Thor Dalebø.

Italian Group

The Italian Group is a cultivar group with large, fragile staminodes. Flowers are arranged somewhat loosely, with wide petals (staminodes) so wide that there is no space between them when arranged formally. The labellum (lip) is larger, or at least as large, as the staminodes, unlike the other groups where it is smaller and sometimes curled. The stamen and style is also much wider than that in the other cultivar groups.


In 1895 when Carl Sprenger of Dammon & Co., in Naples, Italy, distributed his radically different “orchid flowered” cannas with Canna flaccida in their ancestry, they startled the gardening world. Never before had such huge Canna blooms been seen. They were bred for use in glassed conservatories and never claimed to be excellent open bedding plants.


The modification of the stamen and style into what resembled extra staminodes (those showy parts of a Canna flower that look like petals), created the illusion of a semi-double flower. In fact the old nurserymen describe them in their catalogues as outer petals being a certain colour and the inner petals (the modified organs) being of another colour or pattern of colouration. The gardening world likened them to large orchids – hence the early epithet. [Ed. this cyclopedia describes the stamen and style separately when their colour or markings are different from the staminodes.]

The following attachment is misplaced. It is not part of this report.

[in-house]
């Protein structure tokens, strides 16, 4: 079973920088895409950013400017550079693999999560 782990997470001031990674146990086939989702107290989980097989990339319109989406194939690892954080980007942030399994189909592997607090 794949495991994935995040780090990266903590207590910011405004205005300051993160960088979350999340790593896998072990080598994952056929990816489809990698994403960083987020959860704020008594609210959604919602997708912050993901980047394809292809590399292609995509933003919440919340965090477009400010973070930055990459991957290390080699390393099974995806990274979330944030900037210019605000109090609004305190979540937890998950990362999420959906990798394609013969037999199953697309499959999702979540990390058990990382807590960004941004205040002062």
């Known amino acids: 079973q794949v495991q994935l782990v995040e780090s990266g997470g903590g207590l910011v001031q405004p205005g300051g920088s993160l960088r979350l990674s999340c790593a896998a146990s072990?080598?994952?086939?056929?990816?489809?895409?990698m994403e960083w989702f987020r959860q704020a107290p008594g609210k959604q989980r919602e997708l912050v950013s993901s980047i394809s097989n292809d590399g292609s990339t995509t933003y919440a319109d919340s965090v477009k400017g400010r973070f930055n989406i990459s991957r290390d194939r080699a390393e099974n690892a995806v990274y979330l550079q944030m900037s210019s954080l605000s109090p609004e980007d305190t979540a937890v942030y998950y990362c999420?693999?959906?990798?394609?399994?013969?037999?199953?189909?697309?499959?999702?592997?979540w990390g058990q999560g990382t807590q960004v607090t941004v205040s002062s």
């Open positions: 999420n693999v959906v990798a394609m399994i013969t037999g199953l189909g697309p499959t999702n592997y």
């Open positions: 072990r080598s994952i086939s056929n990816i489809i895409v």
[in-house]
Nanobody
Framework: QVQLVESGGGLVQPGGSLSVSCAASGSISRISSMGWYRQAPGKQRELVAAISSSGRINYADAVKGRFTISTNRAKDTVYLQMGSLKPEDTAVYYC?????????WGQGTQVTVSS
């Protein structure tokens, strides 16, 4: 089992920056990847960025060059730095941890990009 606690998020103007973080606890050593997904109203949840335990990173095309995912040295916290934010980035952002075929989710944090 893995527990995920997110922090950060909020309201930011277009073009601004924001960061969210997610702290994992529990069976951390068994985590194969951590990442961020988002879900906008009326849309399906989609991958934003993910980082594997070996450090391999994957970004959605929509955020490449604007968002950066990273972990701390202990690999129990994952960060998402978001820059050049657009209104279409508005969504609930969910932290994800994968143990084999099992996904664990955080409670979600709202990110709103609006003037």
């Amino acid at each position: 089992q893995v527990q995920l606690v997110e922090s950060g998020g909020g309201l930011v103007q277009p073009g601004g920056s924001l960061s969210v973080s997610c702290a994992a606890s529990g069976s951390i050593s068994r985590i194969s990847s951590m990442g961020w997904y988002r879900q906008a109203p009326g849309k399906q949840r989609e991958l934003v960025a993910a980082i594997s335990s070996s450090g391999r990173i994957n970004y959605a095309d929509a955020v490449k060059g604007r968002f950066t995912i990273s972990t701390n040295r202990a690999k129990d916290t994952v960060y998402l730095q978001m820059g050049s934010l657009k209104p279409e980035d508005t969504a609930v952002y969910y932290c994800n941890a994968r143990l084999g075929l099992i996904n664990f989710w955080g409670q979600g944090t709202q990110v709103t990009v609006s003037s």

Also, used to be called the orchid flowering cannas, or C. × orchiodes L.H. Bailey garden species, although such artificial garden species are now deprecated in favour of Cultivar Groups. 

CannaWyoming’ introduces by Conard & Jones

The Italian cultivar  group obtained its larger sized flowers from the introduction of Canna flaccida to the mainstream cannas in the early 1890s by Dr Sprenger in Naples, followed over a year later by Luther Burbank in California, United States, with the same cultivar cross.

CannaMrs Kate Gray

Antoine Wintzer at Conard & Jones and Sydney Percy-Lancaster of Alipore Cannas also produced significant Italian Group cultivars, but no other significant hybridisation of the Italian Group has been  recorded since.  It must be stated that the hybridisation involved is not simple, and in any case the existing cultivars have exhausted the flower and foliage colours and types available with this material.